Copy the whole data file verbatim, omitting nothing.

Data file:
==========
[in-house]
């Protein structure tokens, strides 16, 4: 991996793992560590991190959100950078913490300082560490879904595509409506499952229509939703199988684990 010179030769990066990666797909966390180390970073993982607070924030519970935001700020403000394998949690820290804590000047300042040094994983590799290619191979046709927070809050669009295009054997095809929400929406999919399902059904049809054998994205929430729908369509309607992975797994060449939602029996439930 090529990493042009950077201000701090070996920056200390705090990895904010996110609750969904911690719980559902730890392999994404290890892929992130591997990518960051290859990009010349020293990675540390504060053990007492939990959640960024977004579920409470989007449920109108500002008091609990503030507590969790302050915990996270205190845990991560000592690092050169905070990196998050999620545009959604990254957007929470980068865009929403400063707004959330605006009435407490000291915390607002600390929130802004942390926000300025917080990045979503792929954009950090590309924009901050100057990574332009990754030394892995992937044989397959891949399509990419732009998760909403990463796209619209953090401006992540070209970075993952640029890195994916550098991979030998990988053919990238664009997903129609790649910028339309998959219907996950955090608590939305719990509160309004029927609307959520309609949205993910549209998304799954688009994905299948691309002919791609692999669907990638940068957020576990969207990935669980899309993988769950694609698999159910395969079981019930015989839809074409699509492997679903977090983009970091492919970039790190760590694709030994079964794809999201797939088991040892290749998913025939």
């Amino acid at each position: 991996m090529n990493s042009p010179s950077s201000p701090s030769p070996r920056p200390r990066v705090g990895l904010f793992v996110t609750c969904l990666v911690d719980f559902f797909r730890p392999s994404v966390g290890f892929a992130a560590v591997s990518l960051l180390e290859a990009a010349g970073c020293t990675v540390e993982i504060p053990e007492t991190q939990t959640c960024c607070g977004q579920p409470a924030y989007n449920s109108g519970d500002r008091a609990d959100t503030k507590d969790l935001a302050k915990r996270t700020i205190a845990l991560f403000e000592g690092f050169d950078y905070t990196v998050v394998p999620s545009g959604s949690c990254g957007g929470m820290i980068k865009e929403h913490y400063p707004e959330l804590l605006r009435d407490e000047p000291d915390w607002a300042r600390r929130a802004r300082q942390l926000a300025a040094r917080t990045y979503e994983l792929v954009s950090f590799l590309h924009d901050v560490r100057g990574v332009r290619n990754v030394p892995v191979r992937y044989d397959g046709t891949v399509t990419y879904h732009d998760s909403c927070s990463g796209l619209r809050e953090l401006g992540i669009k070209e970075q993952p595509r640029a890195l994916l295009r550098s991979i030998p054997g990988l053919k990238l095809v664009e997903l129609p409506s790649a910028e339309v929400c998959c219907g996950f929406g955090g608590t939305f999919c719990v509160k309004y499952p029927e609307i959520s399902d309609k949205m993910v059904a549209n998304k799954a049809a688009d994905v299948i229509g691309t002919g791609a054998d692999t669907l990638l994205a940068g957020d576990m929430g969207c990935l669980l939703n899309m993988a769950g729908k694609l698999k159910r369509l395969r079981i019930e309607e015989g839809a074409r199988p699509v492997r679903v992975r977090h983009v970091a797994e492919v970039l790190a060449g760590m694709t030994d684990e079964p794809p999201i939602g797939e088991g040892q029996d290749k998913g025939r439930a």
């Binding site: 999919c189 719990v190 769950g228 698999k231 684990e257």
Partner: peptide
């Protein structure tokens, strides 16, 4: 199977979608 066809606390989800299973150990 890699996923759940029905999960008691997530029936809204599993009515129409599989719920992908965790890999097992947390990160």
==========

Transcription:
[in-house]
């Protein structure tokens, strides 16, 4: 991996793992560590991190959100950078913490300082560490879904595509409506499952229509939703199988684990 010179030769990066990666797909966390180390970073993982607070924030519970935001700020403000394998949690820290804590000047300042040094994983590799290619191979046709927070809050669009295009054997095809929400929406999919399902059904049809054998994205929430729908369509309607992975797994060449939602029996439930 090529990493042009950077201000701090070996920056200390705090990895904010996110609750969904911690719980559902730890392999994404290890892929992130591997990518960051290859990009010349020293990675540390504060053990007492939990959640960024977004579920409470989007449920109108500002008091609990503030507590969790302050915990996270205190845990991560000592690092050169905070990196998050999620545009959604990254957007929470980068865009929403400063707004959330605006009435407490000291915390607002600390929130802004942390926000300025917080990045979503792929954009950090590309924009901050100057990574332009990754030394892995992937044989397959891949399509990419732009998760909403990463796209619209953090401006992540070209970075993952640029890195994916550098991979030998990988053919990238664009997903129609790649910028339309998959219907996950955090608590939305719990509160309004029927609307959520309609949205993910549209998304799954688009994905299948691309002919791609692999669907990638940068957020576990969207990935669980899309993988769950694609698999159910395969079981019930015989839809074409699509492997679903977090983009970091492919970039790190760590694709030994079964794809999201797939088991040892290749998913025939």
């Amino acid at each position: 991996m090529n990493s042009p010179s950077s201000p701090s030769p070996r920056p200390r990066v705090g990895l904010f793992v996110t609750c969904l990666v911690d719980f559902f797909r730890p392999s994404v966390g290890f892929a992130a560590v591997s990518l960051l180390e290859a990009a010349g970073c020293t990675v540390e993982i504060p053990e007492t991190q939990t959640c960024c607070g977004q579920p409470a924030y989007n449920s109108g519970d500002r008091a609990d959100t503030k507590d969790l935001a302050k915990r996270t700020i205190a845990l991560f403000e000592g690092f050169d950078y905070t990196v998050v394998p999620s545009g959604s949690c990254g957007g929470m820290i980068k865009e929403h913490y400063p707004e959330l804590l605006r009435d407490e000047p000291d915390w607002a300042r600390r929130a802004r300082q942390l926000a300025a040094r917080t990045y979503e994983l792929v954009s950090f590799l590309h924009d901050v560490r100057g990574v332009r290619n990754v030394p892995v191979r992937y044989d397959g046709t891949v399509t990419y879904h732009d998760s909403c927070s990463g796209l619209r809050e953090l401006g992540i669009k070209e970075q993952p595509r640029a890195l994916l295009r550098s991979i030998p054997g990988l053919k990238l095809v664009e997903l129609p409506s790649a910028e339309v929400c998959c219907g996950f929406g955090g608590t939305f999919c719990v509160k309004y499952p029927e609307i959520s399902d309609k949205m993910v059904a549209n998304k799954a049809a688009d994905v299948i229509g691309t002919g791609a054998d692999t669907l990638l994205a940068g957020d576990m929430g969207c990935l669980l939703n899309m993988a769950g729908k694609l698999k159910r369509l395969r079981i019930e309607e015989g839809a074409r199988p699509v492997r679903v992975r977090h983009v970091a797994e492919v970039l790190a060449g760590m694709t030994d684990e079964p794809p999201i939602g797939e088991g040892q029996d290749k998913g025939r439930a």
């Binding site: 999919c189 719990v190 769950g228 698999k231 684990e257």
Partner: peptide
């Protein structure tokens, strides 16, 4: 199977979608 066809606390989800299973150990 890699996923759940029905999960008691997530029936809204599993009515129409599989719920992908965790890999097992947390990160």